‘Our art is luxury’: Culture within the Indigenous fine arts community

Porcupine quill art by Tara Francis on display at an Indigenous pop-up shop that took place March 26, 2022, at the Fredericton Inn. (Guinevere Santaguida/AQ)

Christine Gautreau said her whole life has been a process of relearning and reconnecting with her culture and her art has been a part of that.

Gautreau, an Inuk artist, has been creating jewelery for many years, but she only recently started using traditional materials.

“My mom had scraps of seal and I didn’t want to throw it out because in our culture, we don’t waste any part of the animals … so I started making some jewelery with that and then it just kind of snowballed,” she said.

Gautreau said there are a lot of misconceptions about her jewelery and her identity that she has had to clear up for others. She said she is often “lumped in” with First Nations groups, but she is not First Nations — she is Inuit.

Skoden Hair Ties on display at an Indigenous pop-up shop that took place March 26, 2022, at the Fredericton Inn. (Guinevere Santaguida/AQ)

When she started selling her jewelery, Gautreau said she was nervous about how people would respond to her use of animal products. She said people don’t understand how important it is for Indigenous people to use every part of the animal.

At a powwow in Halifax, she said she was the only person selling anything with traditional materials because of it.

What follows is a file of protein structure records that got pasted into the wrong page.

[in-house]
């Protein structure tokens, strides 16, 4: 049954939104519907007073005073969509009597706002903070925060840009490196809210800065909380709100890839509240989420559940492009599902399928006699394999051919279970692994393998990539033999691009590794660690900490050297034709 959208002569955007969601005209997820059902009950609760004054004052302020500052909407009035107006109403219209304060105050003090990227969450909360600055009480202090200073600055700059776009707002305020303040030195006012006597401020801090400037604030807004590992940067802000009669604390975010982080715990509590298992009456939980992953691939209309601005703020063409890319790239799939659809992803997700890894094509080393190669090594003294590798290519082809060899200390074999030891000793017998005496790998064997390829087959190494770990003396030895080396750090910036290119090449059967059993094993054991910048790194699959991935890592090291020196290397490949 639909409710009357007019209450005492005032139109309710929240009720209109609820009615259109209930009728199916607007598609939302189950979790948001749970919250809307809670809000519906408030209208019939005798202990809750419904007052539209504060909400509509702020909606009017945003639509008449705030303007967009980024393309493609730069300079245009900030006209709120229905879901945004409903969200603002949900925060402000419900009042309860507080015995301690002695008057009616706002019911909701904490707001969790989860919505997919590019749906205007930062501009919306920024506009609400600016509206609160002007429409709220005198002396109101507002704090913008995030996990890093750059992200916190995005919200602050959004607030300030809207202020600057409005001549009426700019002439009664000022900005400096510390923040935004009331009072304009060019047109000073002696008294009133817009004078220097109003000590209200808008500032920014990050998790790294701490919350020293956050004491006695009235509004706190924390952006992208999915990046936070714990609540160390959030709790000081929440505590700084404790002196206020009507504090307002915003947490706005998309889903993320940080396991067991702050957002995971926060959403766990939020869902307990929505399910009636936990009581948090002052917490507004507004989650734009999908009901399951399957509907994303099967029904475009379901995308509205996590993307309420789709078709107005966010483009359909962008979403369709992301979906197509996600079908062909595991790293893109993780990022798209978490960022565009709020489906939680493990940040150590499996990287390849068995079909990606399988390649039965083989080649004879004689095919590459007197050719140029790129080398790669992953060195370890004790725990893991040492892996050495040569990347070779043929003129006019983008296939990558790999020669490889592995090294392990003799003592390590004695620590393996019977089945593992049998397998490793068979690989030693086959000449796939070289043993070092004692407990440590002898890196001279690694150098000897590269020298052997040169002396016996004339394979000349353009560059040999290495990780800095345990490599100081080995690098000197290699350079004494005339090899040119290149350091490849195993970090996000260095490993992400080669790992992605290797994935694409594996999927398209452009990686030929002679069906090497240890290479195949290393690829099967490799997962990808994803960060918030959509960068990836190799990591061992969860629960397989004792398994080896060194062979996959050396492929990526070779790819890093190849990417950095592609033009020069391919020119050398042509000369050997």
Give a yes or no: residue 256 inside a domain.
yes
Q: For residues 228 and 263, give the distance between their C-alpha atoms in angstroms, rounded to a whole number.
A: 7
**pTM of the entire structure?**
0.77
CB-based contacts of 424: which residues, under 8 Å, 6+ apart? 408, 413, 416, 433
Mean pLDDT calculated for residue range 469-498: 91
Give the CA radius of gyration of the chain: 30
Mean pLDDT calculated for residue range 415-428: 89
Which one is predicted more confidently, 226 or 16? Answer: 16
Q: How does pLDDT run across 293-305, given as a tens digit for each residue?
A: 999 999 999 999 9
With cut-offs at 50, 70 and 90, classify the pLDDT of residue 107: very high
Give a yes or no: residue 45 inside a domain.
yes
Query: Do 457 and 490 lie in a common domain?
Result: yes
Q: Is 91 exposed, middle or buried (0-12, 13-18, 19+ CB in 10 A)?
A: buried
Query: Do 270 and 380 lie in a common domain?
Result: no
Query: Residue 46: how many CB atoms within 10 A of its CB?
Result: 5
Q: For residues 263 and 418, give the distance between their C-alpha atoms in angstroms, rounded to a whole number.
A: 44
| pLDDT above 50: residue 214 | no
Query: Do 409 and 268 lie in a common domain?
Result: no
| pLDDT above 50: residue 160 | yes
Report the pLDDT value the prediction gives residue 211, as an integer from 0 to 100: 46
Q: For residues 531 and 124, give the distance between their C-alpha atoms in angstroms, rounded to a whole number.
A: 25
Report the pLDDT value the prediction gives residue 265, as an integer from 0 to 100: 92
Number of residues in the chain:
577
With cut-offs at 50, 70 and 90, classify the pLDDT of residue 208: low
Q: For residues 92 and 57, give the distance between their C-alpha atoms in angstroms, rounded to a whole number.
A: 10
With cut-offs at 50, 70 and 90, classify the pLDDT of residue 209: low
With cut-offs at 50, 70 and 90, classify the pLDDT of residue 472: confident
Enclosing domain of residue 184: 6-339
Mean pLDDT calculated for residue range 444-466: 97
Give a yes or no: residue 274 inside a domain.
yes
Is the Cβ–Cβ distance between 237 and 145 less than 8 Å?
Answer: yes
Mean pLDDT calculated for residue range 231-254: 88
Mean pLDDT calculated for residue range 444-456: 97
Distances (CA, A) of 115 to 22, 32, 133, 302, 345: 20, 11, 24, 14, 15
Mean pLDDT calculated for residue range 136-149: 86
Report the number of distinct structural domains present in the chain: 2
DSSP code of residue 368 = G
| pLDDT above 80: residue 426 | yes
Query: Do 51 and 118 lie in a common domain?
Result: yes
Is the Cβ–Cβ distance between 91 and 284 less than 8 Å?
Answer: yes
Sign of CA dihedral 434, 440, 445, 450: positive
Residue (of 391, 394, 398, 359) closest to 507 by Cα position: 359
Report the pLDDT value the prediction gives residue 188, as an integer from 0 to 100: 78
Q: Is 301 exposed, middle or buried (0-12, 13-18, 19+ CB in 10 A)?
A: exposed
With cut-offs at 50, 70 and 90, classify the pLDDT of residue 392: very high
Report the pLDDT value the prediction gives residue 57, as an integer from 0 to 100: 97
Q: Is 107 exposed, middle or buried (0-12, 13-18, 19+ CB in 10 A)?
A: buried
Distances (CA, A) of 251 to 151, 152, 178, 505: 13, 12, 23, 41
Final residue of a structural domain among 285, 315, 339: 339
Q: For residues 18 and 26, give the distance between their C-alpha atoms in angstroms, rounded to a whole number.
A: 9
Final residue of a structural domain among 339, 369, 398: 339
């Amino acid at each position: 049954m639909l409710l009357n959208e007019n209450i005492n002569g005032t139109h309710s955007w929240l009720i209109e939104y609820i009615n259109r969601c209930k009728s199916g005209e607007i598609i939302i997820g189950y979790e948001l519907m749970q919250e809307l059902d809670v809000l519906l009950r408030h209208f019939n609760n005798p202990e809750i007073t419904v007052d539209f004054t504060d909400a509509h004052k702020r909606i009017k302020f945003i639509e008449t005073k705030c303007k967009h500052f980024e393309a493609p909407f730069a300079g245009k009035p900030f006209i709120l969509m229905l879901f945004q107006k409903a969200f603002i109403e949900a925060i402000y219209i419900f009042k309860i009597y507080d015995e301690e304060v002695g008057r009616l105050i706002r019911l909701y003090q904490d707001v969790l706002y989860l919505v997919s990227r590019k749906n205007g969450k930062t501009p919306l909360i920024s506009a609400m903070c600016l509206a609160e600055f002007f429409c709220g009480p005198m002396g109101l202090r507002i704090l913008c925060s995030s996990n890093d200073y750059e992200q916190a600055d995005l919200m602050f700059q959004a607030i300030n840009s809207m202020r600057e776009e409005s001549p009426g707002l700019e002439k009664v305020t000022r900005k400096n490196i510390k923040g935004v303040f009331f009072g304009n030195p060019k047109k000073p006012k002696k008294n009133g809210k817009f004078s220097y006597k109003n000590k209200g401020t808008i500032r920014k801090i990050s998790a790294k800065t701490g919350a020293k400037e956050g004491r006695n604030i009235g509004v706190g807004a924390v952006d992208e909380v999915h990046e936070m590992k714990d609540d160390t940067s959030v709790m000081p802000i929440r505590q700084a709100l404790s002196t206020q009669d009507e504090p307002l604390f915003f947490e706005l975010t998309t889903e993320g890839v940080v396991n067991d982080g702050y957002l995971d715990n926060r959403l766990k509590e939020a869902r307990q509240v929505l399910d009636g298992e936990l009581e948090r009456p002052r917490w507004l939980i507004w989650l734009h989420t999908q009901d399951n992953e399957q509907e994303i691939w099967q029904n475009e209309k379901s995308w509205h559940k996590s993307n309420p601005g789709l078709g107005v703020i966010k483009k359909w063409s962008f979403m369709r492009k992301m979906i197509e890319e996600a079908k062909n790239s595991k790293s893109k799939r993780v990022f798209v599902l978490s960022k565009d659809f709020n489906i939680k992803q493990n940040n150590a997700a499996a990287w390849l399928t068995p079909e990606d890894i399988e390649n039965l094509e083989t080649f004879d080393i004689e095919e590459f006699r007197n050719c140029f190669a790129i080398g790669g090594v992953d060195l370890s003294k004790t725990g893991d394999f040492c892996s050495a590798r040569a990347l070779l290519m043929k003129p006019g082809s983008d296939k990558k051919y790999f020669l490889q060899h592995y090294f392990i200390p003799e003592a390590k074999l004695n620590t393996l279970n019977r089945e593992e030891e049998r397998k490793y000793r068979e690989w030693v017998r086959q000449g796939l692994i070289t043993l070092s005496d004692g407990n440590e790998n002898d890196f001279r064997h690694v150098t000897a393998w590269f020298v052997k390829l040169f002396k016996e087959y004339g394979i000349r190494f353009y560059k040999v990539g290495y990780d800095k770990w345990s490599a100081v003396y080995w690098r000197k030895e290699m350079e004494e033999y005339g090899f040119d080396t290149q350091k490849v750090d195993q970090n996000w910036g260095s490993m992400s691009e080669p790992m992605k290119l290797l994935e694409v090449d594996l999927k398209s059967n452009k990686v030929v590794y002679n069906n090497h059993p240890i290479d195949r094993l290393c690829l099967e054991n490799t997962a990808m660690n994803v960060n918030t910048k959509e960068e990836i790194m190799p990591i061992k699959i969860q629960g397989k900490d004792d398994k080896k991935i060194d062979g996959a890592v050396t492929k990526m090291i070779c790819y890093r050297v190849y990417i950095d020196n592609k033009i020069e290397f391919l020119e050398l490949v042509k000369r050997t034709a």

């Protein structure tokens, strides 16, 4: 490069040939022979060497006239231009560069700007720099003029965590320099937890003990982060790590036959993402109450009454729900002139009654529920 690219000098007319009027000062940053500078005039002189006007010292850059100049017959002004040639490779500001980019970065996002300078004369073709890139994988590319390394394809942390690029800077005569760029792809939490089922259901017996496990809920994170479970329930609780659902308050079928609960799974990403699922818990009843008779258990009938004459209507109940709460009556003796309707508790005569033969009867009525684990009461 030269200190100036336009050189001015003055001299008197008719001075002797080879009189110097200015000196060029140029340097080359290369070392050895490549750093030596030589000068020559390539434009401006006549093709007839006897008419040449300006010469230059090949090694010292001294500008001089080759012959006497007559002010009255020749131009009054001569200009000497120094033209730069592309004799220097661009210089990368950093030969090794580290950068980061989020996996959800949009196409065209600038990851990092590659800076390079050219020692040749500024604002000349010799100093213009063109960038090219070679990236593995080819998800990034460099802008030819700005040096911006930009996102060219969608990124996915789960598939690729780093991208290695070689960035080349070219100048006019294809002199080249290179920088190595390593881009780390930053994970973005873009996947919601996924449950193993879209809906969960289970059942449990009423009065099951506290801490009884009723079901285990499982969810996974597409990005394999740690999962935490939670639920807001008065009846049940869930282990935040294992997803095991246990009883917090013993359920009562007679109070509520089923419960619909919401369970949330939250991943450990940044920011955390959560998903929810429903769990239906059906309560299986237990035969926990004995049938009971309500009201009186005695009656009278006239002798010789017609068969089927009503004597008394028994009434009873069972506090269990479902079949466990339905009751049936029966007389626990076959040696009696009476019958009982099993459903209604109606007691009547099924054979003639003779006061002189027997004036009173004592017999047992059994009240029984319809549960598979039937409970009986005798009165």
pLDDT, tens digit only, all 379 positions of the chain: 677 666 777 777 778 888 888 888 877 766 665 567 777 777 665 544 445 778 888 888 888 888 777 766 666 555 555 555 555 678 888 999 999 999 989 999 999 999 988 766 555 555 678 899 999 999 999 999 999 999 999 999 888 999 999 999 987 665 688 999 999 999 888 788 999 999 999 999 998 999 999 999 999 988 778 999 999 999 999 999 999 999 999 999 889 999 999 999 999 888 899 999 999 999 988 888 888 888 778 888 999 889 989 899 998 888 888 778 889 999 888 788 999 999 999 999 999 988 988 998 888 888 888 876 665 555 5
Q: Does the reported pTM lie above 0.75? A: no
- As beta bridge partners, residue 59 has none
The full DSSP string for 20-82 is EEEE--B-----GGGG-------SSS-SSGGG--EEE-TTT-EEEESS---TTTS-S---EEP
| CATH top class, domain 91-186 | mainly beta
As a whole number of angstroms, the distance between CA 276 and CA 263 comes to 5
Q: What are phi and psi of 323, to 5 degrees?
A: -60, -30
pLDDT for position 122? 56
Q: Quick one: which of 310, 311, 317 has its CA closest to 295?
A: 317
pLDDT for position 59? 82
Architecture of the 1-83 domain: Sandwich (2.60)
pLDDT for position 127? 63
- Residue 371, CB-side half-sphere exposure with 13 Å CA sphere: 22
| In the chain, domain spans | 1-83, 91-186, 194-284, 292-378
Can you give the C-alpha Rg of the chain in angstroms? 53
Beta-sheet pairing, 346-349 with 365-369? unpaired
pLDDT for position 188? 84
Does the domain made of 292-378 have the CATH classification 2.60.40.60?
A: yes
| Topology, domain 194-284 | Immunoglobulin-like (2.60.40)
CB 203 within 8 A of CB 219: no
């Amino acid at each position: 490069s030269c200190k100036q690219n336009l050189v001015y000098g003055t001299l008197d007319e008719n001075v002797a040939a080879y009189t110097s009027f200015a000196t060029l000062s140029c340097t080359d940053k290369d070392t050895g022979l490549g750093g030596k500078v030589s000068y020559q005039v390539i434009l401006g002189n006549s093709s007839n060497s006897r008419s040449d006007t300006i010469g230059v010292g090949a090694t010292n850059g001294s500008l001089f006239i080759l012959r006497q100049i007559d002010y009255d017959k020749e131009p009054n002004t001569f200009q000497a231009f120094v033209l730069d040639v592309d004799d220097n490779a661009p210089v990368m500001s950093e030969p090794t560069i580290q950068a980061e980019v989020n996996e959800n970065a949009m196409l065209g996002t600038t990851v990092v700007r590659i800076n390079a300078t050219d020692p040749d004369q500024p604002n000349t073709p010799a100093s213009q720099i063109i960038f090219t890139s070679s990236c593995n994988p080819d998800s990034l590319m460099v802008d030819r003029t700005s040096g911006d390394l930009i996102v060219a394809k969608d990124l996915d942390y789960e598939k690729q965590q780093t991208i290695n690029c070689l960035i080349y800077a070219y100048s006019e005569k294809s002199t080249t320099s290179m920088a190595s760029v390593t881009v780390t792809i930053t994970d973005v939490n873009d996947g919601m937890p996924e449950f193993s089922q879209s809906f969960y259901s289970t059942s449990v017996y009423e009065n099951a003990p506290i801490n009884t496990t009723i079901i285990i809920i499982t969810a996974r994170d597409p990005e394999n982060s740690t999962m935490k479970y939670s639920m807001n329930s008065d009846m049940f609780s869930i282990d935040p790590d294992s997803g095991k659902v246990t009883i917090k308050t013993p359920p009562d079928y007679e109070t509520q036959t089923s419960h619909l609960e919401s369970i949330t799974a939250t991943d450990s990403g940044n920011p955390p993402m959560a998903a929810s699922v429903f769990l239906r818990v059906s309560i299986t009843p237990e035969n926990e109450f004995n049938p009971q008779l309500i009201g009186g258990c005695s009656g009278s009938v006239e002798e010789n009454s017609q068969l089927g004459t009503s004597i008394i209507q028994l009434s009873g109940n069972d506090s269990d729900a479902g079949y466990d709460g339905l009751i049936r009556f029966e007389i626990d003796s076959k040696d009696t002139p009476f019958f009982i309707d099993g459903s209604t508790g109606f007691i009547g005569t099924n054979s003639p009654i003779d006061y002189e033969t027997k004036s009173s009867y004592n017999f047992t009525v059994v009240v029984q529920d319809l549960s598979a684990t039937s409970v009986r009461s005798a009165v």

“There’s still stigma attached to [jewelery making],” she said.

Still, Gautreau said since her first sale, she has grown a lot in confidence.

Tara Francis, a Mi’kmaw Artist from Elsipogtog First Nation, has practiced her art form for about 20 years. She also uses traditional materials, specializing in porcupine quill work, silk painting and acrylic painting.

In the last five years, she has been able to support herself entirely from her art and believes her story can inspire other young Indigenous artists.

“I think it’s really important to share who we are, especially to the non-Indigenous community,” said Francis, adding that she feels she has a role to play in informing non-Indigenous people about her community.

Francis said the demand for Indigenous art has increased in the last seven to eight years.

“With things like the lost children being found … I think there’s a sensitivity now and [people] are looking to create relationships. That also gives us an opportunity to have our voice heard across the board and into that mainstream artistic world,” she said.

Shayna Boudreau is an artist from Pilick First Nation along the Wolastoq. She learned how to sew ribbon skirts from her grandmother. About a year ago, she wanted to make herself scrunchies and was encouraged by a friend to sell them.

Her very first launch sold out and her business, Skoden Hair Ties, has thrived from there.

Boudreau said people often question or criticize the pricing of her goods and other Indigenous art.

“Our art is luxury,” said Boudreau. “You pay the price you pay, because it’s our art.”